Vodaphone Mast Controversy - not the first time it has happened!

Residents of Croftlands estate, Ulverston, were dismayed when contractors turned up on the morning of Monday 20th November and started work on a phone mast for Vodaphone. This mast had been refused planning permission by SLDC in September because its siting went against several of their own policies. Although work stopped for the day, and all sides condemned Vodaphone’s action at the Ulverston Town Council meeting on Monday evening, it has since been made clear that the contractors are legally entitled to put up the mast. This is because SLDC officers should have notified Vodaphone of their decision within 56 days, but they only sent the notification on the 57th day. A spokesperson for SLDC apologised and said that such an error would not be repeated.

A quick look on the internet shows that this has happened in other parts of the country. For example, Harrow council as far back as 2009, Brighton and Hove council in 2016 and both Greenwich council and Malvern Hills council this year all seem to have made the same mistake, enabling Vodaphone to build masts on particular sites where there was local opposition. Most of the councils also appear to have said much the same as the SLDC spokesperson when their mistake came to light.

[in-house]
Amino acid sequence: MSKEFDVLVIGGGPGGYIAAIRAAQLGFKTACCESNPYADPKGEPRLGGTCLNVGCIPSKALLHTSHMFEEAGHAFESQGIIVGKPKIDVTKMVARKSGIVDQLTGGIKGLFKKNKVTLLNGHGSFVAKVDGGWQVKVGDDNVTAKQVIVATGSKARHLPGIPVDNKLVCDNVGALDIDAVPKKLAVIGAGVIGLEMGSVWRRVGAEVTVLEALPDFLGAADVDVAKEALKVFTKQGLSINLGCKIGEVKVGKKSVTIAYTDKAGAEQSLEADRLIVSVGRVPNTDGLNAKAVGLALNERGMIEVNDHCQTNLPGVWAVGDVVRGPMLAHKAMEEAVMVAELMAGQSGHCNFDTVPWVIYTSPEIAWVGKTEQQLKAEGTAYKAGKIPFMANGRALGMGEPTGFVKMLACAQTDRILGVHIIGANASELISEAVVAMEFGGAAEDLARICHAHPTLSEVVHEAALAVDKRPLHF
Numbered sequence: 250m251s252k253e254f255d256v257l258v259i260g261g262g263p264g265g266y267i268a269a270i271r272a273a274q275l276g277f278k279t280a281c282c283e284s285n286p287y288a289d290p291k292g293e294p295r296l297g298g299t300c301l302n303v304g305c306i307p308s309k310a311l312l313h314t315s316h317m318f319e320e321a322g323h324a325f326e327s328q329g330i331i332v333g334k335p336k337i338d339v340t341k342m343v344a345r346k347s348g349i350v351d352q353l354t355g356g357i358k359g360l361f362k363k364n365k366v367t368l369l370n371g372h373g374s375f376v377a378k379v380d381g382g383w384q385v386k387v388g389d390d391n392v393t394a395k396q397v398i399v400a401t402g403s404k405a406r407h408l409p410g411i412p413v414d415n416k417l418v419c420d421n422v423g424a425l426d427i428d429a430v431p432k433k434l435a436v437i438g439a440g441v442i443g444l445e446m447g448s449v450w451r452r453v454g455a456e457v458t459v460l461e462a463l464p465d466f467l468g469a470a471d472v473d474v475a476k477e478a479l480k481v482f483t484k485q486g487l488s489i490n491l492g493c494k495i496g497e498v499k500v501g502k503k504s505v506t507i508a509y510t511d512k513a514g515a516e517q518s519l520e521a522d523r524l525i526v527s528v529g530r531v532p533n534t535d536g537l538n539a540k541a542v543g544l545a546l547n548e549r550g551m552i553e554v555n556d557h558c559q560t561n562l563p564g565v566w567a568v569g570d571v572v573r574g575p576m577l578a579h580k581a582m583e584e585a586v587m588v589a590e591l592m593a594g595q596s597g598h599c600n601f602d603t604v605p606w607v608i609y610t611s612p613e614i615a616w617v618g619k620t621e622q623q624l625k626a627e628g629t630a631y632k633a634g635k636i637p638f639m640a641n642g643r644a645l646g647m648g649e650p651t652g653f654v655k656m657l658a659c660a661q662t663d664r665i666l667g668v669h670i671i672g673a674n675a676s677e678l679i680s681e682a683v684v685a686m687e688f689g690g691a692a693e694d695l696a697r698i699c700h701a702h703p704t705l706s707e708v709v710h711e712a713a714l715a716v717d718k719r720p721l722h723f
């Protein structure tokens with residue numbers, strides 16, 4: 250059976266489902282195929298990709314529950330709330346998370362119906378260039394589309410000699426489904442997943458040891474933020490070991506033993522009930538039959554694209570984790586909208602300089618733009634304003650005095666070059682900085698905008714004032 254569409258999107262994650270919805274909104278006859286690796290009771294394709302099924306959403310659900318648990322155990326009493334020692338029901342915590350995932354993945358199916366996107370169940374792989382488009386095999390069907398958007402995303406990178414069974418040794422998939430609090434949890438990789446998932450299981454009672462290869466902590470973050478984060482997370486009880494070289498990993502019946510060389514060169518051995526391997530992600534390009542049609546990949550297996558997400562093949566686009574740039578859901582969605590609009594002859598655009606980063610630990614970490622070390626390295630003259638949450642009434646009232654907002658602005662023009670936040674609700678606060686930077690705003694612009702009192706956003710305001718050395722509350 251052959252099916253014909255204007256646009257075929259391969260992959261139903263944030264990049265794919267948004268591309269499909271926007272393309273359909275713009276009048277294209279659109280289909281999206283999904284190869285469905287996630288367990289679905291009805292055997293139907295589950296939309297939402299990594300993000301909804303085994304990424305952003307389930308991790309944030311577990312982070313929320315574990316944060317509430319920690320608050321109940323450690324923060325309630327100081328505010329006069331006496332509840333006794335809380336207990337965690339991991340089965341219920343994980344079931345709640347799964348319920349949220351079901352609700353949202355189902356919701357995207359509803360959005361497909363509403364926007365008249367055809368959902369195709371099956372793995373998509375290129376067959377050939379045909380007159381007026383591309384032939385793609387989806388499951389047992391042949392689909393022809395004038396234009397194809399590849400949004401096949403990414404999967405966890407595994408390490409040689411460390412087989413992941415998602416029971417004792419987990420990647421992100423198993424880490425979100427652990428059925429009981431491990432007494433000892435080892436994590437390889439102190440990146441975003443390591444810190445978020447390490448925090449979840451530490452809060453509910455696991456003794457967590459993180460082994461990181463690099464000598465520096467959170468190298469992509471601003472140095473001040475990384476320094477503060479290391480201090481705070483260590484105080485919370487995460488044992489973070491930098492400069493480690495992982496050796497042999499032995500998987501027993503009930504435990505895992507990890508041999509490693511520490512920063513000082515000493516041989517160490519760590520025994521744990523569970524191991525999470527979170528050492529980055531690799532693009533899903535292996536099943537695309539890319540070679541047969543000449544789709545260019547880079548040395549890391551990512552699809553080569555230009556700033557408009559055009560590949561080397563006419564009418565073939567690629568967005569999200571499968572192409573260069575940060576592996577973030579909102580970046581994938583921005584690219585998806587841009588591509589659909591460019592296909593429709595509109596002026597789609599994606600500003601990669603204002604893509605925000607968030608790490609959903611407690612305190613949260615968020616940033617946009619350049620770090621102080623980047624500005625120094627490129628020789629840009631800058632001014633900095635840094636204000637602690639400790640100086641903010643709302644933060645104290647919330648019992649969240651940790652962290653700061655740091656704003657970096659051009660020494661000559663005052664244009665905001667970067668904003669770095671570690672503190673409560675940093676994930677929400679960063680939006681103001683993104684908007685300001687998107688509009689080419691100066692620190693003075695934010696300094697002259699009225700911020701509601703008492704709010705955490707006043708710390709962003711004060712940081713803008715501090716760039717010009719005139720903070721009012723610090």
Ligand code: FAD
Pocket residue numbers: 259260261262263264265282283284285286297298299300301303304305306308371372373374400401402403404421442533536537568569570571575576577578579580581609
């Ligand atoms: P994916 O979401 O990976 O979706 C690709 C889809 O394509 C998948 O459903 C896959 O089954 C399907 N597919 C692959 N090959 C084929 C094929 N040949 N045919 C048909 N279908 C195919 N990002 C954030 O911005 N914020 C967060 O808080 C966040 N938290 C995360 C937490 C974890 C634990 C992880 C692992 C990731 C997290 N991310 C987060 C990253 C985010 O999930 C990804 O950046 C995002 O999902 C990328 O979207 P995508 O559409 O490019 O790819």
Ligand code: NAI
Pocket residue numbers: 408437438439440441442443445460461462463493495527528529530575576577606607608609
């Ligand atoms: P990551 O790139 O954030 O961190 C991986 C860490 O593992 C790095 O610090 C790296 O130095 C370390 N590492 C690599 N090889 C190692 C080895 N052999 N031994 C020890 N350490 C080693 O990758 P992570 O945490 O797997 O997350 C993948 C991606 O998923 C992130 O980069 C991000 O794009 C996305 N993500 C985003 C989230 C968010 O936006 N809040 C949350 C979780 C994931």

This begs several questions. Do planning departments across the country use the same IT systems and software which have not been updated to take into account the legislation which brought in the 56 day rule for this type of application? Why, when the first case happened, did planning departments not take note so they would be prepared for similar applications in their areas? When anyone, including Ulverston residents, can find out about these cases in a few seconds online, why did no-one at SLDC do the same and set alarm bells ringing?

It should also be noted that Croftlands residents who oppose the mast are not against improved phone reception or nimbyists. Ulverston Now understands that a much more acceptable alternative site was found for the mast. However, Vodaphone said that it was too close to houses, even though it would have been further from the nearest homes than the Croftlands mast. Some have suggested that Vodaphone meant ‘too close to expensive houses’, and believe people should draw their own conclusions about Vodaphone’s attitude to less affluent areas.

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